While the movies opening locally around Christmastime aren’t actually Christmas movies (Father Figures was originally titled Bastards; God bless us, everyone!), taking a break from all the tinsel, toys and tamales and making a trip to the theater has become a tradition for many families. Last year, first-run wide releases opening in the top 10 around this time pulled in over $70 million at the box office.
Bottom line: Christmastime is a moneymaker for spoiled kids and Hollywood alike. Below are reviews and previews of nine films opening in San Antonio between December 20 and 25.
The Greatest Showman
It might not have the same visual flare as comparable musicals like Moulin Rouge! or Chicago, but with a handful of dynamic original songs written by Academy Award-winning lyricists Benj Pasek and Justin Paul (La La Land), The Greatest Showman, which is inspired by the unusual life of Barnum & Bailey circus founder P.T. Barnum (Hugh Jackman’s first role post-Wolverine), delivers on its promise of spectacular showmanship. The script does skip over many of the fascinating peculiarities of Barnum’s career under the big top and instead focuses on a pair of love stories and a familiar message about individuality, but what’s there is just dazzling enough to pique the senses. Opens December 20.
All the Money in the World
Director Ridley Scott (Alien: Covenant) takes on the story of billionaire J. Paul Getty (Christopher Plummer) during the 1973 kidnapping of his grandson when he famously refused to pay the ransom, which resulted in his grandson’s ear being cut off and mailed to the family. Opens December 25.
Jumanji: Welcome to the Jungle
Four teenagers are transported into a video game (it was a board game in the 1995 original) where they must journey through a virtual jungle and find their way back to the real world. Dwayne “The Rock” Johnson, Kevin Hart, Jack Black and Karen Gillan star. Opens December 20.
Top-tier filmmaker Alexander Payne (Sideways) has managed to do something he’s never done as a director in his six prior features — make a movie unworthy of his talent. It’s more disappointing since the premise features one of the cleverest ideas presented in a film this year. Payne and collaborator Jim Taylor, however, take the fascinating notion — a world where humans can undergo a procedure that shrinks their bodies to a fraction of its size, so they may reap the economic and environmental benefits — and quickly drive it into the ground. The concept morphs into an ineffective and heavy-handed satire in which Matt Damon’s character and a Vietnamese immigrant (a cringe-inducing performance by actress Hong Chau) go on an adventure that rivals the excitement one would feel watching itty bitty blades of grass grow. Opens December 22.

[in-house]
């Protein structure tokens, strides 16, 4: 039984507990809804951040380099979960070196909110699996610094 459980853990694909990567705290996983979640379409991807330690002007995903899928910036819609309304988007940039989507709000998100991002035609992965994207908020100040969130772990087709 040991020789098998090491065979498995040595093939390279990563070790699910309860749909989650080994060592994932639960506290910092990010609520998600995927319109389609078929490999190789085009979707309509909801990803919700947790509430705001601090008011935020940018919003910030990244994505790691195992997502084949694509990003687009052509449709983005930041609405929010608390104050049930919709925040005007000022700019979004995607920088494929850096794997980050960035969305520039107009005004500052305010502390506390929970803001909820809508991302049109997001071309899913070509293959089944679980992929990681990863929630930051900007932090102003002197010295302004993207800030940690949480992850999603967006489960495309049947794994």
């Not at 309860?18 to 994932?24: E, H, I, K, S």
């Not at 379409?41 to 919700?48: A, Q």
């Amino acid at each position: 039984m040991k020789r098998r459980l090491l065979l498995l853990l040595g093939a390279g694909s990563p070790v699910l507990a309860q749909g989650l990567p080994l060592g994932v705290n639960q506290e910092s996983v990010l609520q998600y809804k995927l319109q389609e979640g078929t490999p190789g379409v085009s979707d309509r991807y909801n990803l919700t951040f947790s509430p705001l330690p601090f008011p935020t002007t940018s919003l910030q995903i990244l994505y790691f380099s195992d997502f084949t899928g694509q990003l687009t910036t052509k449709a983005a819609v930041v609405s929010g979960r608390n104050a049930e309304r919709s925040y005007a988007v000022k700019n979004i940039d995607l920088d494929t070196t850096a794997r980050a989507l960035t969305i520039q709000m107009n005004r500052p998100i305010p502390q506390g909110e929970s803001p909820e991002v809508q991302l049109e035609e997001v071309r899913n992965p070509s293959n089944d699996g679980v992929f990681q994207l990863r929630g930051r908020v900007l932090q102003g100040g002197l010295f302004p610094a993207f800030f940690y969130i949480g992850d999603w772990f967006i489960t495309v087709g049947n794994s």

The Shape of Water
A picturesque fairytale told by a masterful storyteller, this monster movie from director Guillermo del Toro (Pan’s Labyrinth) is the most emotionally resonant of his career. The love story between a lonely, voiceless woman (Sally Hawkins) and an amphibious creature housed in a top-secret government laboratory where she works as part of the facility’s cleaning crew is breathtakingly beautiful and imaginative. Del Toro’s vision is flawless. Featuring some of the best cinematography and production design this year, the fantasy elements blend well with those in the real world during the Cold War era. It might be another take on the Beauty and the Beast narrative by way of 1954’s Creature from the Black Lagoon, but with del Toro at the helm, the creativity is exceptional. Opens December 22.
After writing seven critically acclaimed scripts for several filmmakers including Bennett Miller, Danny Boyle and David Fincher, screenwriter Aaron Sorkin (The Social Network) makes his directorial debut with a screenplay he adapted from high-stakes underground “poker princess” Molly Bloom’s memoir of the same name about her experiences running poker games for the world’s elite before getting busted by the FBI. Much like his other work as a screenwriter for cinema, Sorkin’s sometimes-too-perfect dialogue springs from the page and from the mouths of his characters with sharpness, intellect and wit. As Bloom, actress Jessica Chastain gives her best performance since 2015’s underrated A Most Violent Year. Opens December 25.
Set in an alternative universe where man and monster live and work alongside one another, Will Smith (I Am Legend) stars as an LAPD officer who teams up with an orc deputy (Joel Edgerton) to find a missing magic wand that can destroy the world. Starts streaming on Netflix December 22.
Owen Wilson (Wedding Crashers) and Ed Helms (The Hangover) star as fraternal twin brothers who go on a road trip to find the biological father their mother (Glenn Close) said was dead. Possible daddy: NFL Hall of Famer Terry Bradshaw. Opens December 22.
Pitch Perfect 3
World champion a cappella group the Bellas wrap up their musical trilogy by donning some camouflage and reuniting in Spain for a USO tour. Back for the trip: Anna Kendrick, Brittany Snow and Rebel Wilson. Maybe someone will keep the franchise going with a Fat Amy prequel. Opens December 22.